The crowd mumble prayers, their hands clasped together under their whispers, but Stiles wouldn’t join them in this. Prayers were no better than screaming into a deep, dark chasm. The Reverend had told him when he was little that there was always someone to listen to prayers, be it God or angels or the Four. Crouched over his straw-stuffed mattress, his knees aching on the cold floor, he’d never felt surrounded by anything other than the walls of his bedroom.
His work butchering the hogs was his sacrifice to the Wall. The Wall didn’t ask for prayers, it asked for meat.
And as this thought, or farewell to part of the harvest, crossed his mind a horrible snap cracked in the chill night air and then a thud shook the ground. Blood drained from his chest at the sound, his eyes darting for the source of it. A woman cried out and when they came to understand as she did, more wails joined the first. One of the offering’s ropes had broken under the weight of it and all of it had come sliding down half over the village side of the wall, half over the Wood’s side. One of the pig halves grotesquely straddled the barrier, its eye-less face grinning back at them.
Several people threw themselves at the ground, sobbing, trying to gather up what was not completely smashed or soiled and others rushed to help the Wall Men right the swinging offering slab. Before they could rig the pullies to drag it back up the ropes began tearing, one after another until the slab was gone out of sight, having landed fully on the wrong side of the Wall.
Fear paralyzed Stiles and stole all of his breath and made his head whorl. He couldn’t snatch his eyes away from the pig on the wall, from its cruel smirk. He had done everything right, he’d cared for his father when his horse threw him, made dinners, brought whatever food was spare to the McCalls, gone to church every Sunday and precisely cleaned every slaughtered animal Mr. Māhealani had given him that day including the one mocking him now. He’d done as the Wall asked and yet – no, this was not the Wall’s doing.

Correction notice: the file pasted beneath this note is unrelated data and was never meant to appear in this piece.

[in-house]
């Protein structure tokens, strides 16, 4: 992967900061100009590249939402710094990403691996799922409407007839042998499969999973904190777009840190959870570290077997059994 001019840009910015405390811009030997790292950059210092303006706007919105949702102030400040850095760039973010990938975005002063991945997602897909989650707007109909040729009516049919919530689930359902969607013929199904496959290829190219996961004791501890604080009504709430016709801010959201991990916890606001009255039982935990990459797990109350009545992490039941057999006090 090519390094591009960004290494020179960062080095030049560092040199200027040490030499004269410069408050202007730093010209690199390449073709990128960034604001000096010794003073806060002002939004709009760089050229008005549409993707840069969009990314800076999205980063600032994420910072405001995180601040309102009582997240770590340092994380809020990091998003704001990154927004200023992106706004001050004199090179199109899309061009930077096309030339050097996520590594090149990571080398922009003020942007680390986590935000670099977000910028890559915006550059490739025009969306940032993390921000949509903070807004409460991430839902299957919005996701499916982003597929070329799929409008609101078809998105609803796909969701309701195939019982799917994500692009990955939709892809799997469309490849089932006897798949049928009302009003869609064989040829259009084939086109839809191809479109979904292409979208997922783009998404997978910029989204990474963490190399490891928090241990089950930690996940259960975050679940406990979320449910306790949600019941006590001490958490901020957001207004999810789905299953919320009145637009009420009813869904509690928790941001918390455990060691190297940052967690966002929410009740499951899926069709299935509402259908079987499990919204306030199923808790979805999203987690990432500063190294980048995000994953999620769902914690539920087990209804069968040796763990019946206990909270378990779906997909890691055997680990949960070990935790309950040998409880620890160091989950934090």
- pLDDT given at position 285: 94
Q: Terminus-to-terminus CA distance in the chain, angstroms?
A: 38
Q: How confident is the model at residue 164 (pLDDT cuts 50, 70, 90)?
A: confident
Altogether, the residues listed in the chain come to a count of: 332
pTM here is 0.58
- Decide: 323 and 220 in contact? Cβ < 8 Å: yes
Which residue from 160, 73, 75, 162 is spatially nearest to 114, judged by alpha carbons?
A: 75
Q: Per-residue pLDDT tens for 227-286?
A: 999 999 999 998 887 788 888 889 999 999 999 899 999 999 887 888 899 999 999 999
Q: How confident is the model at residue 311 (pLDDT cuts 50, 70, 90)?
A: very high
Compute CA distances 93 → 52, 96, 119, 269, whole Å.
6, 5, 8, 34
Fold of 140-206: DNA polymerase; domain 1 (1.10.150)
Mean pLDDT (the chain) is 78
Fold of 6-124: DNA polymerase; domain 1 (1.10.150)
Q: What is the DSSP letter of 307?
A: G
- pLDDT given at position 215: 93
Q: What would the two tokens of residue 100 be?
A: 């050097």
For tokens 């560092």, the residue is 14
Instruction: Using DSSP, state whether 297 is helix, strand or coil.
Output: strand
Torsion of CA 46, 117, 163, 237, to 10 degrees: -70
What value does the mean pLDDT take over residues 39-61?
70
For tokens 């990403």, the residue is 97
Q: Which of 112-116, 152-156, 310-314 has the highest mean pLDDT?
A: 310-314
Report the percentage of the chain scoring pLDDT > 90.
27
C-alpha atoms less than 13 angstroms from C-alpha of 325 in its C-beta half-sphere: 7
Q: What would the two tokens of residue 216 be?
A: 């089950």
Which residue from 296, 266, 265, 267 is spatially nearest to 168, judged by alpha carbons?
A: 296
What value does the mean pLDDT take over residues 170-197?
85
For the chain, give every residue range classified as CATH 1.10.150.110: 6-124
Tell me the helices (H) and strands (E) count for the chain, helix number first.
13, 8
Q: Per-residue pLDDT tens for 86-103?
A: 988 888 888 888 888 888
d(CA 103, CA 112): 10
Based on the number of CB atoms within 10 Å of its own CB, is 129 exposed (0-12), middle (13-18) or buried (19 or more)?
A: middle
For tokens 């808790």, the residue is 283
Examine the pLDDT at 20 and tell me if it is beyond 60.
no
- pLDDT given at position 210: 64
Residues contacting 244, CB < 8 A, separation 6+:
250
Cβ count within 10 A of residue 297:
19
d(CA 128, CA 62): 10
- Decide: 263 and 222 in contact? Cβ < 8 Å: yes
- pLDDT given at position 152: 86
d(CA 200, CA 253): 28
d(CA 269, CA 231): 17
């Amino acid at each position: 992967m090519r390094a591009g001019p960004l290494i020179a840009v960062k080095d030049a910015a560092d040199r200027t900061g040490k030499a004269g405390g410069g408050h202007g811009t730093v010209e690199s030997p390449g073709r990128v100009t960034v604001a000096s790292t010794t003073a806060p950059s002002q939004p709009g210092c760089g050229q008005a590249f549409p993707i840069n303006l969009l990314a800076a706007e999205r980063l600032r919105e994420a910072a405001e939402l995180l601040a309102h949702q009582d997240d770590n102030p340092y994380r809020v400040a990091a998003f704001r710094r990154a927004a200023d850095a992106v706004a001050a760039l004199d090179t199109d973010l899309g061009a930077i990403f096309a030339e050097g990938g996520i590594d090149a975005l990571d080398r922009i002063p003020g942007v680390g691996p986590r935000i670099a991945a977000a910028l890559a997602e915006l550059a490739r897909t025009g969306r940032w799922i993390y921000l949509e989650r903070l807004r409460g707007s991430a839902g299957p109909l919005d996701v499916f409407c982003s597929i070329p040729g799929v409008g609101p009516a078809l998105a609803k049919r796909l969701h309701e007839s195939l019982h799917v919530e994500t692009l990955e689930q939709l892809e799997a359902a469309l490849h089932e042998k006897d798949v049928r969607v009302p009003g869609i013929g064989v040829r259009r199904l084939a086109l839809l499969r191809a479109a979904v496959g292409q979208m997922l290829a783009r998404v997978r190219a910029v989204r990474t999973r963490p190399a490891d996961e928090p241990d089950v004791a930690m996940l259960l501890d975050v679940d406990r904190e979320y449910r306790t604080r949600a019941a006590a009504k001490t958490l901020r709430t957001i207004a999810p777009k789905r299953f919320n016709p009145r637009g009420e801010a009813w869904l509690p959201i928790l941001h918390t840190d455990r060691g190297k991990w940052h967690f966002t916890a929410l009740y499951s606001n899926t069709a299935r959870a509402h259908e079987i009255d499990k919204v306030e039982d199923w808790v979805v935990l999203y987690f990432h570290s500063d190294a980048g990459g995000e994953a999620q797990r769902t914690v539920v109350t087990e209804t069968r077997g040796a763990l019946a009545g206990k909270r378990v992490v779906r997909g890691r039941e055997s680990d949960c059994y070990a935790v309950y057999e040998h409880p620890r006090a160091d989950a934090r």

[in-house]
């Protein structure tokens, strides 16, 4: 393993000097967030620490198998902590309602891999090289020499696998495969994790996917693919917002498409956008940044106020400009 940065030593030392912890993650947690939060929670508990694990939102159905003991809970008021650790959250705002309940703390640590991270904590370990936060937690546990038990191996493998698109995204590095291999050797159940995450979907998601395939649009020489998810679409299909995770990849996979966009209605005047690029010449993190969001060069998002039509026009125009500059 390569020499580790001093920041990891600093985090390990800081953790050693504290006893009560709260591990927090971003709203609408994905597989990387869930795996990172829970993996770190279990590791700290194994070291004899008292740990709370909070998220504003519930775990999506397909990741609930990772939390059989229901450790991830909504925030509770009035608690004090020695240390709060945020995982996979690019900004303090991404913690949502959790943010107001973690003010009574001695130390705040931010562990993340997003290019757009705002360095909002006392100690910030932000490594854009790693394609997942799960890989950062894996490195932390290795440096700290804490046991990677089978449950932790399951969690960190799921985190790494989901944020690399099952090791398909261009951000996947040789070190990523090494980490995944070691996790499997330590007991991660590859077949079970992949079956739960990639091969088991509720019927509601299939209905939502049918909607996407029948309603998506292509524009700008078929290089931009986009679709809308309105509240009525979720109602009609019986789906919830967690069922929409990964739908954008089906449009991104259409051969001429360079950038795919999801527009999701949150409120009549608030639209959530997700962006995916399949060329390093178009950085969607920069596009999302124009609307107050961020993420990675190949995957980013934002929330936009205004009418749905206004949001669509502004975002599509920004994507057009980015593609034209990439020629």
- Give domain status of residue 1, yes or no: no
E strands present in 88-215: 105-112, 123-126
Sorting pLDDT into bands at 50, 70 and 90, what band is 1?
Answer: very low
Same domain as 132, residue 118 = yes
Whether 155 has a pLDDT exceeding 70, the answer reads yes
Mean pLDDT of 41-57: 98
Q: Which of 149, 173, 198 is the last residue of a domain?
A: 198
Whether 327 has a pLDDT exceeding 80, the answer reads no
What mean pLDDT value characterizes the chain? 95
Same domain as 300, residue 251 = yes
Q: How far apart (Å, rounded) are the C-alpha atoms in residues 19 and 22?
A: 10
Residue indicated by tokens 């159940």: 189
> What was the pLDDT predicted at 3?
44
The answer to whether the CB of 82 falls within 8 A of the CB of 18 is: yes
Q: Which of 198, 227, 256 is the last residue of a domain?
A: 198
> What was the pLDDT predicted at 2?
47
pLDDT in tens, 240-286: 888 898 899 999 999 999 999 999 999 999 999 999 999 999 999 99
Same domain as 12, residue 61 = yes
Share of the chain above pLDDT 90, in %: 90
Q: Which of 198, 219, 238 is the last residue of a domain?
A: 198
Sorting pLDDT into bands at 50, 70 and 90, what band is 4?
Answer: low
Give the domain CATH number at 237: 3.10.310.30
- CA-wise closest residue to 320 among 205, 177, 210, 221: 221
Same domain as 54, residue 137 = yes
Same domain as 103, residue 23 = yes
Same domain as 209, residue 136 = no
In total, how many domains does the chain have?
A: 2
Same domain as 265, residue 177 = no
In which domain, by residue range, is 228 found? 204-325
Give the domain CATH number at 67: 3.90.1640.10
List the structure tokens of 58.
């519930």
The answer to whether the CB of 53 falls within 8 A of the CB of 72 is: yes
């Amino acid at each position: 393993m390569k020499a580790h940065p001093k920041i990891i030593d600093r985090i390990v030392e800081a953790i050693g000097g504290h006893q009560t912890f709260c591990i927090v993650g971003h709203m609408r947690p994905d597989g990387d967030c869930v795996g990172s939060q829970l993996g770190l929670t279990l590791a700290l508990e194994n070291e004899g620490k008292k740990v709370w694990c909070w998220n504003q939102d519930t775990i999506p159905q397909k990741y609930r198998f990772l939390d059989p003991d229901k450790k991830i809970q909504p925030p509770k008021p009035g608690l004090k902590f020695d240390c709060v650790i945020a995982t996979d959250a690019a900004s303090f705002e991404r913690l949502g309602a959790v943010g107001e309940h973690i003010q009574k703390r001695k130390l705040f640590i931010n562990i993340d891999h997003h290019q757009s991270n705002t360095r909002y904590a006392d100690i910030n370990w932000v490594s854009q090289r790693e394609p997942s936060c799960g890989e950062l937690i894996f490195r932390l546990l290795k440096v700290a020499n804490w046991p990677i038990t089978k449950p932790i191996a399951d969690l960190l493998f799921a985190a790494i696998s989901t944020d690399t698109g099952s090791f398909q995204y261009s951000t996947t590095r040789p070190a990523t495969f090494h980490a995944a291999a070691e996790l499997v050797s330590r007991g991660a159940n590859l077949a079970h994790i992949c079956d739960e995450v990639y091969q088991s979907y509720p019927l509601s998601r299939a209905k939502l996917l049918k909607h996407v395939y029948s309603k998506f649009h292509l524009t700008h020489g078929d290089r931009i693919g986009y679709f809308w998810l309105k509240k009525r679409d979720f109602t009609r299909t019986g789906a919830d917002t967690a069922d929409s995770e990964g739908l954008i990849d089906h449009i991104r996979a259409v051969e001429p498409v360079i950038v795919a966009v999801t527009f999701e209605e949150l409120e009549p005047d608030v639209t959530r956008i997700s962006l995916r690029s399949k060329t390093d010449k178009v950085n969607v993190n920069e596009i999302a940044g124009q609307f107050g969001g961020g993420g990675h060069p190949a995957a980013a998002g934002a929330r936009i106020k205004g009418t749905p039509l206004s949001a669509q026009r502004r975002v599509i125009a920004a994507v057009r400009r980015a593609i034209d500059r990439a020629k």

It was Fox’s.
He lived subserviently to the village, to the Wall, but not to the Fox. The pig wasn’t smiling like a pig, it was Fox, grinning at him, reveling in his punishment, or that punishment that would soon be his. Before he could run away, run home, force himself get away from the others, a woman was upon him, her face tear-streaked and hands caked in dirt. Her palm cracked against his cheek hard enough to put him on the ground, and a sound came out of him, an animal sound of fear that made her eyes bulge with repulsion and she hit him again and again until his nose leaked a trail of blood.
“Please,” he begged her, his fear untying a tongue he’d obediently learned to keep in check, “Please, it’s not my fault,” he sobbed, but she was looking through him, he wasn’t real to her, just some thing, some curse delivered on the village. Fox was turning out lies from him even now, trying to protect its foothold in him. It made him sputter nonsense pleas of his innocence when they weren’t true.
“Have we not allowed you to live?” she screeched, snot running from her nose and tears making her eyes glossy in the low light, “Given you work? Given you to God for His blessing? And yet you curse us, you ruin us!”